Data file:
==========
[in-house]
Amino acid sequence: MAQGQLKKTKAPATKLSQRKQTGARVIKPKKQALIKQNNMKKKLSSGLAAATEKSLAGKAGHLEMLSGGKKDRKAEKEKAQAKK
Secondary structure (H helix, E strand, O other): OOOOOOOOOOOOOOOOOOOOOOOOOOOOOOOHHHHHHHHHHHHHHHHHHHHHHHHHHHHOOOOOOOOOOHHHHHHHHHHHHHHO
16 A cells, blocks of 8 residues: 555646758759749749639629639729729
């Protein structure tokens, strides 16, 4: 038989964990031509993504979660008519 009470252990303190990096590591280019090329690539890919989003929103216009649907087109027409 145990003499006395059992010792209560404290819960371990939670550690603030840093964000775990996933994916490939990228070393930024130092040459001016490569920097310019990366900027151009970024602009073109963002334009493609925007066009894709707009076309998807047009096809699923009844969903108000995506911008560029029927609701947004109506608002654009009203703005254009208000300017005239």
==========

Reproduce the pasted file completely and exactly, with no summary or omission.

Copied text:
[in-house]
Amino acid sequence: MAQGQLKKTKAPATKLSQRKQTGARVIKPKKQALIKQNNMKKKLSSGLAAATEKSLAGKAGHLEMLSGGKKDRKAEKEKAQAKK
Secondary structure (H helix, E strand, O other): OOOOOOOOOOOOOOOOOOOOOOOOOOOOOOOHHHHHHHHHHHHHHHHHHHHHHHHHHHHOOOOOOOOOOHHHHHHHHHHHHHHO
16 A cells, blocks of 8 residues: 555646758759749749639629639729729
């Protein structure tokens, strides 16, 4: 038989964990031509993504979660008519 009470252990303190990096590591280019090329690539890919989003929103216009649907087109027409 145990003499006395059992010792209560404290819960371990939670550690603030840093964000775990996933994916490939990228070393930024130092040459001016490569920097310019990366900027151009970024602009073109963002334009493609925007066009894709707009076309998807047009096809699923009844969903108000995506911008560029029927609701947004109506608002654009009203703005254009208000300017005239």